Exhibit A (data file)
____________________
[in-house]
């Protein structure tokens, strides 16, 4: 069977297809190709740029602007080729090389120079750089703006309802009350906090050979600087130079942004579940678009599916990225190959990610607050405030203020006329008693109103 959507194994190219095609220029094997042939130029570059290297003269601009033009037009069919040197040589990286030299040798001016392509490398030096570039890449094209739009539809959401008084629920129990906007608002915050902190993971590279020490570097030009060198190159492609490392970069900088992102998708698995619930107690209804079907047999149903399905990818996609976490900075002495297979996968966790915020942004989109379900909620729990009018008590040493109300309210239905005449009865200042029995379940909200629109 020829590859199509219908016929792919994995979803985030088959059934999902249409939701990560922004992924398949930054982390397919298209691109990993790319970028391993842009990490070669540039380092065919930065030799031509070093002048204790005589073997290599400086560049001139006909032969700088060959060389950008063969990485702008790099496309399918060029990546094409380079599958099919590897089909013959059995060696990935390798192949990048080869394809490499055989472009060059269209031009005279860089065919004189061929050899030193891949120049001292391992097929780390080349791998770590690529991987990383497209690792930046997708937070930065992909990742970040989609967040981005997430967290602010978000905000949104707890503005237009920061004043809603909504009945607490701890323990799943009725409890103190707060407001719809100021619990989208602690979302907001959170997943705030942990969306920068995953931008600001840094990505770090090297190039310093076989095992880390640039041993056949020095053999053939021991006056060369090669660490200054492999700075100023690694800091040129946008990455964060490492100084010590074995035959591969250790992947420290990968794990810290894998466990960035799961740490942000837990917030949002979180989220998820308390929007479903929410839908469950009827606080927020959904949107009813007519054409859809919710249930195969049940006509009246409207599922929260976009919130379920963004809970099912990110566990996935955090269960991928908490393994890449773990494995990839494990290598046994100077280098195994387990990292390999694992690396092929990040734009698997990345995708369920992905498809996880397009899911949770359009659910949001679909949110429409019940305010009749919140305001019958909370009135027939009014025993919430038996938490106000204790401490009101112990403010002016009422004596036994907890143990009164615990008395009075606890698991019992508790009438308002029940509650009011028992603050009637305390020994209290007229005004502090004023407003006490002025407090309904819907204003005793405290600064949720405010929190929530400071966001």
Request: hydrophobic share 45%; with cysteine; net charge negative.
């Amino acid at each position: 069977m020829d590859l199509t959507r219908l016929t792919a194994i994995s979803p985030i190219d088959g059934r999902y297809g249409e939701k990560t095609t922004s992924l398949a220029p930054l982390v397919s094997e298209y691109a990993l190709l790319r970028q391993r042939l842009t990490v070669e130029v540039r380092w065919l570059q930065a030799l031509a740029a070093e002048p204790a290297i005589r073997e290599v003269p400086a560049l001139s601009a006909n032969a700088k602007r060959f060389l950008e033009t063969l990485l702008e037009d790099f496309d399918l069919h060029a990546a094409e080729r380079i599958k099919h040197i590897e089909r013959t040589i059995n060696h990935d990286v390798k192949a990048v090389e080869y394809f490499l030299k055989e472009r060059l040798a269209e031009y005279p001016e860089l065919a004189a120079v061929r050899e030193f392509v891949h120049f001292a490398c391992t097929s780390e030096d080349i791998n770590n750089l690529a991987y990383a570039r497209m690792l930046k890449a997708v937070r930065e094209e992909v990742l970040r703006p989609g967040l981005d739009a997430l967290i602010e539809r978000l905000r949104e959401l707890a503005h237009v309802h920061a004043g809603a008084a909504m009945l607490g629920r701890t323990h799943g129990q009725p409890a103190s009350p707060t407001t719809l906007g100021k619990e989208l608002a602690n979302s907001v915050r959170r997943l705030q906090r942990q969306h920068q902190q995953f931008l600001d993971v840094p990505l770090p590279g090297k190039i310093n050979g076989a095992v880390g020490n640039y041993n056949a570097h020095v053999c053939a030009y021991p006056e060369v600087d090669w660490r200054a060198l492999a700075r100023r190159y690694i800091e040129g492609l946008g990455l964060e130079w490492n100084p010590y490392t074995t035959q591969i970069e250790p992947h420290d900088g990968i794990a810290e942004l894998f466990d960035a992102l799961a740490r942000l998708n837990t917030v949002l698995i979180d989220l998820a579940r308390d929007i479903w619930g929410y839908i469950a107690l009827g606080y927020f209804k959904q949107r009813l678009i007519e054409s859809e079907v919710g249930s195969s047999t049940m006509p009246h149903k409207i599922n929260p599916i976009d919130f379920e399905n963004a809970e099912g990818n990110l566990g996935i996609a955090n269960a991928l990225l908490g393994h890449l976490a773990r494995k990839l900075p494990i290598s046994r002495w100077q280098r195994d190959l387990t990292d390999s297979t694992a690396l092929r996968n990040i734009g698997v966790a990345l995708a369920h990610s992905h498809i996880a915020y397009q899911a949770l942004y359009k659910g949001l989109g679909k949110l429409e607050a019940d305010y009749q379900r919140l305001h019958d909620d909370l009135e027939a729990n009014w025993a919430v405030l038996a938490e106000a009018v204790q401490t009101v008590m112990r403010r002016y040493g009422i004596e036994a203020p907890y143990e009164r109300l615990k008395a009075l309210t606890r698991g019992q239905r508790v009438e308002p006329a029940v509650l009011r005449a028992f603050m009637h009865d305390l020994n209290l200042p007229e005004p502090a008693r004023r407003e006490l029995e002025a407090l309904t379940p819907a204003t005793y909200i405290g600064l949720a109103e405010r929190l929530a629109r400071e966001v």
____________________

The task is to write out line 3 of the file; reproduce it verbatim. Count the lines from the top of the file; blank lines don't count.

Request: hydrophobic share 45%; with cysteine; net charge negative.